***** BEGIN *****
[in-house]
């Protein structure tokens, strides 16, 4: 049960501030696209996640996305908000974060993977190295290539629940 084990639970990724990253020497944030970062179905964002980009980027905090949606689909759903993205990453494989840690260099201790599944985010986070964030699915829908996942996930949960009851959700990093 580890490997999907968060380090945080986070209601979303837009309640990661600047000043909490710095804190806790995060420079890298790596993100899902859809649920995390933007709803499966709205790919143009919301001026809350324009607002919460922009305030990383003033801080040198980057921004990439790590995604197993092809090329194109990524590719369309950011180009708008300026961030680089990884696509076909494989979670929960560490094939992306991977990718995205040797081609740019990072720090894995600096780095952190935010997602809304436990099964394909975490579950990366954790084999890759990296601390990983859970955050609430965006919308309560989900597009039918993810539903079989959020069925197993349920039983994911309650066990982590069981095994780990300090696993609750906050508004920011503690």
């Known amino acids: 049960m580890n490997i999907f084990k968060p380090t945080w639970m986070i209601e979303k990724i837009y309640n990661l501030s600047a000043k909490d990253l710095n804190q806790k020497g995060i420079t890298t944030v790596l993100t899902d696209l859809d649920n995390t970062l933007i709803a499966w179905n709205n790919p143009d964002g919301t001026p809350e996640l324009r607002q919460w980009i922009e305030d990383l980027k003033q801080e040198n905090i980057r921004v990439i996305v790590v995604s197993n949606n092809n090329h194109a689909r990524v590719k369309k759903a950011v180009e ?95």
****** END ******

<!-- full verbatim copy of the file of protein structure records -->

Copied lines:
[in-house]
């Protein structure tokens, strides 16, 4: 049960501030696209996640996305908000974060993977190295290539629940 084990639970990724990253020497944030970062179905964002980009980027905090949606689909759903993205990453494989840690260099201790599944985010986070964030699915829908996942996930949960009851959700990093 580890490997999907968060380090945080986070209601979303837009309640990661600047000043909490710095804190806790995060420079890298790596993100899902859809649920995390933007709803499966709205790919143009919301001026809350324009607002919460922009305030990383003033801080040198980057921004990439790590995604197993092809090329194109990524590719369309950011180009708008300026961030680089990884696509076909494989979670929960560490094939992306991977990718995205040797081609740019990072720090894995600096780095952190935010997602809304436990099964394909975490579950990366954790084999890759990296601390990983859970955050609430965006919308309560989900597009039918993810539903079989959020069925197993349920039983994911309650066990982590069981095994780990300090696993609750906050508004920011503690």
């Known amino acids: 049960m580890n490997i999907f084990k968060p380090t945080w639970m986070i209601e979303k990724i837009y309640n990661l501030s600047a000043k909490d990253l710095n804190q806790k020497g995060i420079t890298t944030v790596l993100t899902d696209l859809d649920n995390t970062l933007i709803a499966w179905n709205n790919p143009d964002g919301t001026p809350e996640l324009r607002q919460w980009i922009e305030d990383l980027k003033q801080e040198n905090i980057r921004v990439i996305v790590v995604s197993n949606n092809n090329h194109a689909r990524v590719k369309k759903a950011v180009e ?95």